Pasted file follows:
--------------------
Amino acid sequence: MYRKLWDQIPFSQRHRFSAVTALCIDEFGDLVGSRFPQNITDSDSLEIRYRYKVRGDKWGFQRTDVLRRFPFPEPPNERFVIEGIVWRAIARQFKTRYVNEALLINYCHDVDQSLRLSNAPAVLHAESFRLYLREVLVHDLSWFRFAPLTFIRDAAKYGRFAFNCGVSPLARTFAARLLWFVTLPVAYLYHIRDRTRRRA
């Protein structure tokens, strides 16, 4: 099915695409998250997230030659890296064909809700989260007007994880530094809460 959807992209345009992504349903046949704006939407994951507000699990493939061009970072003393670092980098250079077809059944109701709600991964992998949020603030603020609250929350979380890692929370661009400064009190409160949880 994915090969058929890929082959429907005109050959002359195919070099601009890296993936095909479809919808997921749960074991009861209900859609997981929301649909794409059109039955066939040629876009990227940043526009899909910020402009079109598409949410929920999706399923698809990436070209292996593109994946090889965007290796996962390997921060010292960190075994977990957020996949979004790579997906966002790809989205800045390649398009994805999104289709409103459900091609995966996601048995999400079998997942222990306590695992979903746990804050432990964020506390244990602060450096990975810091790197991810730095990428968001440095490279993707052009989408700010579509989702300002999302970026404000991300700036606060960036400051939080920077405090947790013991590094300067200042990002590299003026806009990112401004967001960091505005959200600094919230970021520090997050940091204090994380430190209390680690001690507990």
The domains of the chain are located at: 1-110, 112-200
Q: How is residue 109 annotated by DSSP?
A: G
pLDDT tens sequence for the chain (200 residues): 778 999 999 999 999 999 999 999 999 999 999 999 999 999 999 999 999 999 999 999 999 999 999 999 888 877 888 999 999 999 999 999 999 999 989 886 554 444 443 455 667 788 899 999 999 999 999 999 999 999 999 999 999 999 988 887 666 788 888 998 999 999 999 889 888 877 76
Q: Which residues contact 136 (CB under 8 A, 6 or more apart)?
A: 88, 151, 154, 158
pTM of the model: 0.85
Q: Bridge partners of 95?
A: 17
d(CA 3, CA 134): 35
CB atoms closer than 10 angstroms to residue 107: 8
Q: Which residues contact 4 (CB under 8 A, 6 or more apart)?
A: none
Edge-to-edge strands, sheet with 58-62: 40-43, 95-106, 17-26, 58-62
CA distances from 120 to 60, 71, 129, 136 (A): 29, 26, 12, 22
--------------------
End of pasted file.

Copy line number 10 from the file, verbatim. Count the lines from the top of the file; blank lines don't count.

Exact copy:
Q: Bridge partners of 95?